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Junior Smart, Founder of the SOS Project at St Giles Trust which works with young people involved in and at risk of gang crime and serious youth violence, reflects on the recent wave of gun and knife-related incidents that have spread across the capital.
“The past few weeks have been very sad times for all of us on the SOS Team. Some of the victims of the recent wave of stabbings and shootings have been known to us. Our thoughts are with their families and friends and the unimaginable heartache they must be going through. The victims were mostly innocent children with much to give to society. We must never forget this fact. It’s one that spurs the SOS Team on to continue its lifesaving work.
The Home Office’s Tackling Serious Violence strategy – launched earlier this month – gives us a glimmer of hope. However, this problem requires a joined up and committed response to address the underlying issues which drive serious youth violence. They cut across education, housing, poverty and social mobility.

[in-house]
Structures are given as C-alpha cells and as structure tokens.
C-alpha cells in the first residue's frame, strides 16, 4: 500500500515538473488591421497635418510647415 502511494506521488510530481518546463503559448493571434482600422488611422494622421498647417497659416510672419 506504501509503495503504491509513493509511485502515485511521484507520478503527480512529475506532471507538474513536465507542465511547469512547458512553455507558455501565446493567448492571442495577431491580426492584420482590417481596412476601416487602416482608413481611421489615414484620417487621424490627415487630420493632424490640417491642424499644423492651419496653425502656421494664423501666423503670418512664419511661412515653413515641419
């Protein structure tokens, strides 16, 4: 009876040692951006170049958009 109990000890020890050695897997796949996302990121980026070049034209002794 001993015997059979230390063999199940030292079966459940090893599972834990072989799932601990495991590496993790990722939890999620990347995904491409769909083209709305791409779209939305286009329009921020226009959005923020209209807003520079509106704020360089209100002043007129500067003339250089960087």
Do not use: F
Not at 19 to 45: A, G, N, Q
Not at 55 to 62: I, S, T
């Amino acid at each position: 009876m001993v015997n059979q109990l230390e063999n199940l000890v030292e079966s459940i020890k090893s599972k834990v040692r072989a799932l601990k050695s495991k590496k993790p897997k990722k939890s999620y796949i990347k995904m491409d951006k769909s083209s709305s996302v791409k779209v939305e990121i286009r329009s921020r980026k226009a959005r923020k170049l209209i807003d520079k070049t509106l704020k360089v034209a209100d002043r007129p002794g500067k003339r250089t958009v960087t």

This is why SOS is now needed more desperately than ever. Our approach is holistic, tailored and we will work with the issues at source. If poverty at home is driving a young person into a county line we will work with the whole family to help lift them out of the poverty trap. If school exclusion is nudging a young person
towards a gang we will work with the young person, their parent and the school to help them re-engage with education and achieve positive alternatives.
Despite the tireless and dedicated work of our team, we will always have one hand behind our back until the bigger picture is looked at. Social media and some aspects of the music industry have rightly come under scrutiny but they are simply reflecting back at young people a negative culture which is already festering. We need to stand up to the fact that there are a generation of heavily disadvantaged young people who feel forgotten, angry, frightened and lost.
There are no easy answers but we need to continue the debate we are having and not brush the issue under the Brexit carpet when this spiral of senseless violence hopefully calms down. Otherwise events will repeat themselves and we will all be left asking ourselves: “How many more young people have to die?” We all have a part to play in stopping this and if we stay talking about it we will help prevent more needless deaths of those who had so much to give."